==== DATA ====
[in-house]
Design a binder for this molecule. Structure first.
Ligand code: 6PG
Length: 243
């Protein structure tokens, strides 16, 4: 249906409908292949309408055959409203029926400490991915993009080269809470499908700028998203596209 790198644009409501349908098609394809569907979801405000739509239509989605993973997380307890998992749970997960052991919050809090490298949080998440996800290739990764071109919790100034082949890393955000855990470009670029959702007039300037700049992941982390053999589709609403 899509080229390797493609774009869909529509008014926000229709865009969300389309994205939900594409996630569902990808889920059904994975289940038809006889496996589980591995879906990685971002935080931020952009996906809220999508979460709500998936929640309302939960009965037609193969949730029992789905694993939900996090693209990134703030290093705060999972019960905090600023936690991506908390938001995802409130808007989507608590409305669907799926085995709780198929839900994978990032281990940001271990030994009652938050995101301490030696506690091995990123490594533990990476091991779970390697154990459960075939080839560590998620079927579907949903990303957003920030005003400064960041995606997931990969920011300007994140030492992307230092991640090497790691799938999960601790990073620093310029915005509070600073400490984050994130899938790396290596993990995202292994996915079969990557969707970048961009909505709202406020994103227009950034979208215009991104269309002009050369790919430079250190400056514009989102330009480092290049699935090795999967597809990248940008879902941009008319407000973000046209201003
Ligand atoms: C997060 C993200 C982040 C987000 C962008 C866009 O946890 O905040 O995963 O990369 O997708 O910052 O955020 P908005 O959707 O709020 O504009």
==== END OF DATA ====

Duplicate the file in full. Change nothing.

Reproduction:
[in-house]
Design a binder for this molecule. Structure first.
Ligand code: 6PG
Length: 243
């Protein structure tokens, strides 16, 4: 249906409908292949309408055959409203029926400490991915993009080269809470499908700028998203596209 790198644009409501349908098609394809569907979801405000739509239509989605993973997380307890998992749970997960052991919050809090490298949080998440996800290739990764071109919790100034082949890393955000855990470009670029959702007039300037700049992941982390053999589709609403 899509080229390797493609774009869909529509008014926000229709865009969300389309994205939900594409996630569902990808889920059904994975289940038809006889496996589980591995879906990685971002935080931020952009996906809220999508979460709500998936929640309302939960009965037609193969949730029992789905694993939900996090693209990134703030290093705060999972019960905090600023936690991506908390938001995802409130808007989507608590409305669907799926085995709780198929839900994978990032281990940001271990030994009652938050995101301490030696506690091995990123490594533990990476091991779970390697154990459960075939080839560590998620079927579907949903990303957003920030005003400064960041995606997931990969920011300007994140030492992307230092991640090497790691799938999960601790990073620093310029915005509070600073400490984050994130899938790396290596993990995202292994996915079969990557969707970048961009909505709202406020994103227009950034979208215009991104269309002009050369790919430079250190400056514009989102330009480092290049699935090795999967597809990248940008879902941009008319407000973000046209201003
Ligand atoms: C997060 C993200 C982040 C987000 C962008 C866009 O946890 O905040 O995963 O990369 O997708 O910052 O955020 P908005 O959707 O709020 O504009």